"Knowledge will forever govern ignorance"

--James Madison--

"The real division is not between conservatives and revolutionaries, but between authoritarians and libertarians"

--George Orwell--

The Navy's Advertising Budget

I can't ski anymore, but I like to watch it on TV now and again. This weekend, the Winter X Games are being held in Aspen, CO, and I decided to catch some of it last night.

So there I am, watching the ladies' Snowboard Superpipe competition. It's really quite impressive to see these women fly 6-10 feet in the air above the pipe, do a trick and come back down to continue. I noticed something else, though. There were banners going about halfway down the slope, on the sides of the pipe, that were emblazoned with the US Navy logo.

Also, the aprons that the competitors wear that have their numbers on them also sported the words "US Navy" in the appropriate military font. Every commercial break contained a TV ad for the Navy, showing the youngsters exactly how cool it is to be on a ship or submarine that launches missiles and stuff.

The ads end with the Navy's current recruitment slogan, "America's Navy--A global force for good".
Do they mean that the Navy does good things, or that we're stuck with it for good? Probably both.
OK, so if you're trying to convince kids that being missile fodder for the US Navy is a cool thing to do, then they could certainly pick worse venues than the Winter X Games. But I got to thinking, at what cost? Literally. In dollars.

What is the Navy's advertising budget? For that matter, what is the armed forces advertising budget?
If you watch TV (I know a lot of folks here won't admit to it), then you've probably seen the ads:
"Army Strong". Sounds kind of like Tarzan, doesn't it? "Tarzan strong. Army strong. Tarzan stronger than Army".

"The few. The proud. The Marines".

"Above All". That's the Air Force recruiting slogan. Kind of cryptic.

How much do all of these ads, sponsorships, and endorsements cost? Not an easy question to answer, as it turns out. The military personnel budget contains lots and lots of different line items, but it doesn't break out advertising costs specifically:


But, for each service, there is a line item labeled "recruiting and advertising". All told, among all of the services, it adds up to about $1.7 billion for 2011. Apparently, this also includes the cost of all of those mall kiosks, recruiting offices, and visits by recruiters to high schools and colleges. "Hey kid, you aren't going anywhere with that degree in French literature. Join the Army, and we'll make you a translator or something".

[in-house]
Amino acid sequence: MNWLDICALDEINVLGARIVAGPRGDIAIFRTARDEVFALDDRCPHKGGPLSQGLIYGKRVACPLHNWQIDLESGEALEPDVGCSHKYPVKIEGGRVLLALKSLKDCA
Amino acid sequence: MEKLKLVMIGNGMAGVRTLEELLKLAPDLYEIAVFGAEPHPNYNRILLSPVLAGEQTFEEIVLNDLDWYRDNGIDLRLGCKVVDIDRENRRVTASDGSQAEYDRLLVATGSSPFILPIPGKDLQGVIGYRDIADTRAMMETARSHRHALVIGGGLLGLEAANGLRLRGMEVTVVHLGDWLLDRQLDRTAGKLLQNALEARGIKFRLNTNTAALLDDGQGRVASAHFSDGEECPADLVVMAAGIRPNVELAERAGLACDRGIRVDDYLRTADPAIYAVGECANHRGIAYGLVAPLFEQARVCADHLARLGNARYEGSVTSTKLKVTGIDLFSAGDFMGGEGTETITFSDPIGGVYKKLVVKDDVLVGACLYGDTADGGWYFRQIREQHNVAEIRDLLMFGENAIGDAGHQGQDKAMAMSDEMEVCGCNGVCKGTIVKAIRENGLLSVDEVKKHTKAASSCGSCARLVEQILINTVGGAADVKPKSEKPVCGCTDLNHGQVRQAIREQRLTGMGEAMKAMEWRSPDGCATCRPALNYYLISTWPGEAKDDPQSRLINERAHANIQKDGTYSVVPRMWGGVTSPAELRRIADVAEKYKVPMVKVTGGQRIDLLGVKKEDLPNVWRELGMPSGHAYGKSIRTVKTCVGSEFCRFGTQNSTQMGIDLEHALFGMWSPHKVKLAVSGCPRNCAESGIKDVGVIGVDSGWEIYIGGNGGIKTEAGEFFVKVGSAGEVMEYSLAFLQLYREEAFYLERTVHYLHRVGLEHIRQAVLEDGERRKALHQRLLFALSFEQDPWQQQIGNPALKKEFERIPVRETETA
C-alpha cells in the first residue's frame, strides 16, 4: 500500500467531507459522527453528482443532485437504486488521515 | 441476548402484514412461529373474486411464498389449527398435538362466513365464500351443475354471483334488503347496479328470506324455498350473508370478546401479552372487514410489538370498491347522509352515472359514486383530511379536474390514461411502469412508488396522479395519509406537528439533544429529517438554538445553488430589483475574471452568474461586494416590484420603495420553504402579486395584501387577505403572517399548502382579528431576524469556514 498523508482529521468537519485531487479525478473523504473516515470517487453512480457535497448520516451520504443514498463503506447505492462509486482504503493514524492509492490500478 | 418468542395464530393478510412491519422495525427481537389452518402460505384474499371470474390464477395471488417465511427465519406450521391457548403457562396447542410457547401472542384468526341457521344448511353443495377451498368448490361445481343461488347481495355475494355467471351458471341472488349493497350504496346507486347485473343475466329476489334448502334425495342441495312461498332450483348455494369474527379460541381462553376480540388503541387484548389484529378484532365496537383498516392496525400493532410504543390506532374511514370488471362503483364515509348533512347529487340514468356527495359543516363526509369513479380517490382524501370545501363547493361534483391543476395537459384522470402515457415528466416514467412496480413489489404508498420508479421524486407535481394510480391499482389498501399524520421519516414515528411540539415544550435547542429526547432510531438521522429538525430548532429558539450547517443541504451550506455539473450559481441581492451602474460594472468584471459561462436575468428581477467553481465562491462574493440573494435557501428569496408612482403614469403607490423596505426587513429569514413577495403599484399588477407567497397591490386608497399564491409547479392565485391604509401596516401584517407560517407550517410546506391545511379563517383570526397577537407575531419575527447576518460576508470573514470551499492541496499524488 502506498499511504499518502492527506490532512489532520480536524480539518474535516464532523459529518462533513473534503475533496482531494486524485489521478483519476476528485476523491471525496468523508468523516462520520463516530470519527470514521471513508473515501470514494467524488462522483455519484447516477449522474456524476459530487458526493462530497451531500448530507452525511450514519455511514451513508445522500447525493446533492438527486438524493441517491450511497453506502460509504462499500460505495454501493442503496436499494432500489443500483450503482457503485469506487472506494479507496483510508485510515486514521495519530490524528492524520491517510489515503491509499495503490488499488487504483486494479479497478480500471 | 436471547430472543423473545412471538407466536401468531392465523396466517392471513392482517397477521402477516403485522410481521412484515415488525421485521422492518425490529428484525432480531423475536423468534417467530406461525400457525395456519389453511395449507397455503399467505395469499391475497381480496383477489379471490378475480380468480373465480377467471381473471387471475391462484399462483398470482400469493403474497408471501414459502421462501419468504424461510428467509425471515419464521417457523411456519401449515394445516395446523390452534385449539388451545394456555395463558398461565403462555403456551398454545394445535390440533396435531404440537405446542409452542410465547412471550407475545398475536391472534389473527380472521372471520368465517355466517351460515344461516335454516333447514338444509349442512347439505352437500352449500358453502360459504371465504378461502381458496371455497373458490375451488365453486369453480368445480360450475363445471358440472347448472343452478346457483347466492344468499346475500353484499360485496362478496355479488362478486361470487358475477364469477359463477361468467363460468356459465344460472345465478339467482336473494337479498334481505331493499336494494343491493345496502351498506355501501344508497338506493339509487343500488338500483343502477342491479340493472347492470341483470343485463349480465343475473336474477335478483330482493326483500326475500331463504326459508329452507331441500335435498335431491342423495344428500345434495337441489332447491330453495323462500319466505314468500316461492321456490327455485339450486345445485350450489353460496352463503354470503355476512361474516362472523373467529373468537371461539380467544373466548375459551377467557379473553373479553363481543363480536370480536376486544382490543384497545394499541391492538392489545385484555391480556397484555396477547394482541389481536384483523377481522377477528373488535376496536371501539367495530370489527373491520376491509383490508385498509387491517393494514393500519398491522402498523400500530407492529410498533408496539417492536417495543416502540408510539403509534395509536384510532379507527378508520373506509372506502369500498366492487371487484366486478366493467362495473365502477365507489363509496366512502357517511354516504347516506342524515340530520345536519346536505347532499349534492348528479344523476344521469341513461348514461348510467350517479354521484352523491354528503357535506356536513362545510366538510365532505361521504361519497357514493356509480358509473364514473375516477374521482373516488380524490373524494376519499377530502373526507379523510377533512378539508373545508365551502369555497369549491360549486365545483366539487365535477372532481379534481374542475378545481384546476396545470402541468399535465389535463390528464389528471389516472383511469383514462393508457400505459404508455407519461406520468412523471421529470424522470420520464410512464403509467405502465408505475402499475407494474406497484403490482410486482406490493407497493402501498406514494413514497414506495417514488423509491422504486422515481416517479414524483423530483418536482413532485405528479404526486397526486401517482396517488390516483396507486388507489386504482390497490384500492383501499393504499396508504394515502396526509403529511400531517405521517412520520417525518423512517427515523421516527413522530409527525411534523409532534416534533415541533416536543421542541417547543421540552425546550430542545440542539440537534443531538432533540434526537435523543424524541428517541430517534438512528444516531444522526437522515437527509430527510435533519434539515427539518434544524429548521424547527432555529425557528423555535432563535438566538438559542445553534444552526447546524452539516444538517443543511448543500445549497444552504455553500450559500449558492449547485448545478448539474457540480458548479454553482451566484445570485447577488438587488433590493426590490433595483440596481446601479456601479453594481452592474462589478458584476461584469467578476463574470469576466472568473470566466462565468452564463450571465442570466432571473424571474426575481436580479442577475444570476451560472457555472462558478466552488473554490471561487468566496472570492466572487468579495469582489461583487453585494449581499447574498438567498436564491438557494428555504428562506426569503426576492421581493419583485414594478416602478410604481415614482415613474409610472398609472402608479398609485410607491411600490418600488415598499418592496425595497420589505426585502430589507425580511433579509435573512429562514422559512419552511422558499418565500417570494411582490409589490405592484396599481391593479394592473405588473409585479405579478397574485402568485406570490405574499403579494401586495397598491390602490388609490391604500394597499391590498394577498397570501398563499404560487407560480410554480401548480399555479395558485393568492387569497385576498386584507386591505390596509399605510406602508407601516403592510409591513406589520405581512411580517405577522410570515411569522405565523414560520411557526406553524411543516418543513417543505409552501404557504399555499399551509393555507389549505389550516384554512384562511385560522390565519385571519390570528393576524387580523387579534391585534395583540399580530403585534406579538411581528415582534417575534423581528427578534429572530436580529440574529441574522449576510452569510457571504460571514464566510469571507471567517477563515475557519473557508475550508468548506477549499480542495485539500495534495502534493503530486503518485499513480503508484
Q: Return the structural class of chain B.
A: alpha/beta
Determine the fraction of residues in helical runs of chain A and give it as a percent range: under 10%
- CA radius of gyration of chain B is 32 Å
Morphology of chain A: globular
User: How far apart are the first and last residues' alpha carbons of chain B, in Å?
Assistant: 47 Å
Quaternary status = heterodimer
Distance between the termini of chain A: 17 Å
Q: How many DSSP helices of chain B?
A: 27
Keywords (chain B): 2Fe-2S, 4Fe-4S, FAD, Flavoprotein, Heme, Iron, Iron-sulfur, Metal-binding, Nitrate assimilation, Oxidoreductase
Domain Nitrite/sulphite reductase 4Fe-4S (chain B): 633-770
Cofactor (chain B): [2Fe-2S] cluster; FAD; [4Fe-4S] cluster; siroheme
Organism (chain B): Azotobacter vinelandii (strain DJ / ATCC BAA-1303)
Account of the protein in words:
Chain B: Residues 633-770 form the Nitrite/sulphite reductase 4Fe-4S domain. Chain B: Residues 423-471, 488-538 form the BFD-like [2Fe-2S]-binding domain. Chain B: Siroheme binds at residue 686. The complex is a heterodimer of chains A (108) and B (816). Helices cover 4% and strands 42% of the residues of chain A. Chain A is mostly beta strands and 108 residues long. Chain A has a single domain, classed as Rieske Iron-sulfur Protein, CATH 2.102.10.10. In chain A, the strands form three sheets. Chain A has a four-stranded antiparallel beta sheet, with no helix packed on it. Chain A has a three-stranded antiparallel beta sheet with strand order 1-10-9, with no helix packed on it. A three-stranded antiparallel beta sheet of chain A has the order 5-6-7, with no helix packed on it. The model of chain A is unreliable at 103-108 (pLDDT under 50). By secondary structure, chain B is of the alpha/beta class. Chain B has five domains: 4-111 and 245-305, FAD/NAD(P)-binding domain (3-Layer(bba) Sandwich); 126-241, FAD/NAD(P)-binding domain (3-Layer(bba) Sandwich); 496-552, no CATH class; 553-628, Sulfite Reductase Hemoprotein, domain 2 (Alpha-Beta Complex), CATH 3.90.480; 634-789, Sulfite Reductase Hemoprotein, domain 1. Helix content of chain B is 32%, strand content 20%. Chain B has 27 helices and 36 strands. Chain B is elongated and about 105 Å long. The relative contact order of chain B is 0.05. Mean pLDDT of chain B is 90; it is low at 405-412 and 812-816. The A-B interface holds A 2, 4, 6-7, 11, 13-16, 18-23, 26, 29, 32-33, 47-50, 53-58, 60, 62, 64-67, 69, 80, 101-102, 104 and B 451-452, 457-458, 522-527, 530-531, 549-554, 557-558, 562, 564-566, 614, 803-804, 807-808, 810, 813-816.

Of course, most of them will not become translators, but rather "or something". Like maybe infantry. In the case of the Navy, they'll most likely be scraping barnacles.

At any rate, I gotta believe that at least a billion of that is for TV ads and such.

The Navy's budget for this is $253 million. The Marine Corps is also part of the Department of the Navy, but it gets its own separate ad budget anyway. $240 million.

Why do they need to spend that much on advertising? Unemployment is high, and they've had no problem meeting recruiting goals in recent years. They rope in enough kids just by promising to make them translators or electrical engineers or whatever training that they're not really going to give them.

It seems to me that other parts of the government could use that $1 billion. Here in CO, Republicans are trying to cut out the $250K for the free school breakfast program. If the Federal government could pitch in a quarter million, that would help feed some disadvantaged kids.

There are almost an infinite number of ways that that money could be spent that would be more beneficial than running TV ads that tout the US Navy as a global force for good. Or plastering their logo all over the X Games.

WTF? It just goes to show you how much of that $700 billion/yr or whatever (since many military costs are buried in the budgets of other departments, it's really hard to say how much the real military budget is) is simply wasted.

After all, they would probably still have enough warm bodies without spending a billion a year on advertising.